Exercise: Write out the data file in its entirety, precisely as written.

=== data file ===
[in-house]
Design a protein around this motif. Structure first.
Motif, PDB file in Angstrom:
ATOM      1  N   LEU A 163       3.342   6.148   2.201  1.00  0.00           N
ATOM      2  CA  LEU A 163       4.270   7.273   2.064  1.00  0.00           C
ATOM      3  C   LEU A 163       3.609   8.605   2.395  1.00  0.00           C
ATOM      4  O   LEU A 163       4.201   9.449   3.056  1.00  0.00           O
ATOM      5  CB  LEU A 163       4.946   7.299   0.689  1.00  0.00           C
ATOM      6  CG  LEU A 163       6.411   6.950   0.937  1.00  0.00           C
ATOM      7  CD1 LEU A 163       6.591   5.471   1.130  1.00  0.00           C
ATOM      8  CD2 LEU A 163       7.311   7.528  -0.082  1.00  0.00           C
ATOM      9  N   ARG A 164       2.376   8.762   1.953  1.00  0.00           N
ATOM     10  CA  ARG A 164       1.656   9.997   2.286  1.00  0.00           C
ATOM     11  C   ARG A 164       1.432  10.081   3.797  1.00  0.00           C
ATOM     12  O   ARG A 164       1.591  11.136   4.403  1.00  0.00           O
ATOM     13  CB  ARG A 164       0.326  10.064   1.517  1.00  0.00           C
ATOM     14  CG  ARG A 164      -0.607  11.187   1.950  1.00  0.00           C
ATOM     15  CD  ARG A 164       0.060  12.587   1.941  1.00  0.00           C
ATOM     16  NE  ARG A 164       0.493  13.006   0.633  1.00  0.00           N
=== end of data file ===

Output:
[in-house]
Design a protein around this motif. Structure first.
Motif, PDB file in Angstrom:
ATOM      1  N   LEU A 163       3.342   6.148   2.201  1.00  0.00           N
ATOM      2  CA  LEU A 163       4.270   7.273   2.064  1.00  0.00           C
ATOM      3  C   LEU A 163       3.609   8.605   2.395  1.00  0.00           C
ATOM      4  O   LEU A 163       4.201   9.449   3.056  1.00  0.00           O
ATOM      5  CB  LEU A 163       4.946   7.299   0.689  1.00  0.00           C
ATOM      6  CG  LEU A 163       6.411   6.950   0.937  1.00  0.00           C
ATOM      7  CD1 LEU A 163       6.591   5.471   1.130  1.00  0.00           C
ATOM      8  CD2 LEU A 163       7.311   7.528  -0.082  1.00  0.00           C
ATOM      9  N   ARG A 164       2.376   8.762   1.953  1.00  0.00           N
ATOM     10  CA  ARG A 164       1.656   9.997   2.286  1.00  0.00           C
ATOM     11  C   ARG A 164       1.432  10.081   3.797  1.00  0.00           C
ATOM     12  O   ARG A 164       1.591  11.136   4.403  1.00  0.00           O
ATOM     13  CB  ARG A 164       0.326  10.064   1.517  1.00  0.00           C
ATOM     14  CG  ARG A 164      -0.607  11.187   1.950  1.00  0.00           C
ATOM     15  CD  ARG A 164       0.060  12.587   1.941  1.00  0.00           C
ATOM     16  NE  ARG A 164       0.493  13.006   0.633  1.00  0.00           N